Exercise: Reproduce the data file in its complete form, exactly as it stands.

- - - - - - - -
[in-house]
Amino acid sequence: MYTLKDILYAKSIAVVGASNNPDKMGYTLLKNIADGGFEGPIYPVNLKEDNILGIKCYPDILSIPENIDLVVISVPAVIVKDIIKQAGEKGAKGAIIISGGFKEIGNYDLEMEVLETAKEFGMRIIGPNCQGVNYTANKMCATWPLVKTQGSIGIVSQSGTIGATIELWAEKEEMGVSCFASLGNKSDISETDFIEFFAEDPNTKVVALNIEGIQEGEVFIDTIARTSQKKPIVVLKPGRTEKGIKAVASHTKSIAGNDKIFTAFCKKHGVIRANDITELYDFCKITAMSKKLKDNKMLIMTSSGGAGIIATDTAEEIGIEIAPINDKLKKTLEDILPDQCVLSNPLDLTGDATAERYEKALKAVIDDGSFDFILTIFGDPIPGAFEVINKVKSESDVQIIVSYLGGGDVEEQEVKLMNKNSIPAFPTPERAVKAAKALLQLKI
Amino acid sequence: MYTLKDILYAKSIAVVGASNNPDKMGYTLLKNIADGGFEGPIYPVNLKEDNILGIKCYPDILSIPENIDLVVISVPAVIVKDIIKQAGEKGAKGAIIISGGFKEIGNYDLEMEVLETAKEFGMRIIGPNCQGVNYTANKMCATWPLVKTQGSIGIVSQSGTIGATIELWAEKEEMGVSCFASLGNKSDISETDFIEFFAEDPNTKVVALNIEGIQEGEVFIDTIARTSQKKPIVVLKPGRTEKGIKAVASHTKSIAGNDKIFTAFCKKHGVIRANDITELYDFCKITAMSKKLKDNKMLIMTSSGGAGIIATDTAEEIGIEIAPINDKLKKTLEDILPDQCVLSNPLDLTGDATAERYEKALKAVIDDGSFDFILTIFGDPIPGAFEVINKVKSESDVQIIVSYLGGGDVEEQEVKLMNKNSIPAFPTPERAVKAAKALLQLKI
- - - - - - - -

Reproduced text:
[in-house]
Amino acid sequence: MYTLKDILYAKSIAVVGASNNPDKMGYTLLKNIADGGFEGPIYPVNLKEDNILGIKCYPDILSIPENIDLVVISVPAVIVKDIIKQAGEKGAKGAIIISGGFKEIGNYDLEMEVLETAKEFGMRIIGPNCQGVNYTANKMCATWPLVKTQGSIGIVSQSGTIGATIELWAEKEEMGVSCFASLGNKSDISETDFIEFFAEDPNTKVVALNIEGIQEGEVFIDTIARTSQKKPIVVLKPGRTEKGIKAVASHTKSIAGNDKIFTAFCKKHGVIRANDITELYDFCKITAMSKKLKDNKMLIMTSSGGAGIIATDTAEEIGIEIAPINDKLKKTLEDILPDQCVLSNPLDLTGDATAERYEKALKAVIDDGSFDFILTIFGDPIPGAFEVINKVKSESDVQIIVSYLGGGDVEEQEVKLMNKNSIPAFPTPERAVKAAKALLQLKI
Amino acid sequence: MYTLKDILYAKSIAVVGASNNPDKMGYTLLKNIADGGFEGPIYPVNLKEDNILGIKCYPDILSIPENIDLVVISVPAVIVKDIIKQAGEKGAKGAIIISGGFKEIGNYDLEMEVLETAKEFGMRIIGPNCQGVNYTANKMCATWPLVKTQGSIGIVSQSGTIGATIELWAEKEEMGVSCFASLGNKSDISETDFIEFFAEDPNTKVVALNIEGIQEGEVFIDTIARTSQKKPIVVLKPGRTEKGIKAVASHTKSIAGNDKIFTAFCKKHGVIRANDITELYDFCKITAMSKKLKDNKMLIMTSSGGAGIIATDTAEEIGIEIAPINDKLKKTLEDILPDQCVLSNPLDLTGDATAERYEKALKAVIDDGSFDFILTIFGDPIPGAFEVINKVKSESDVQIIVSYLGGGDVEEQEVKLMNKNSIPAFPTPERAVKAAKALLQLKI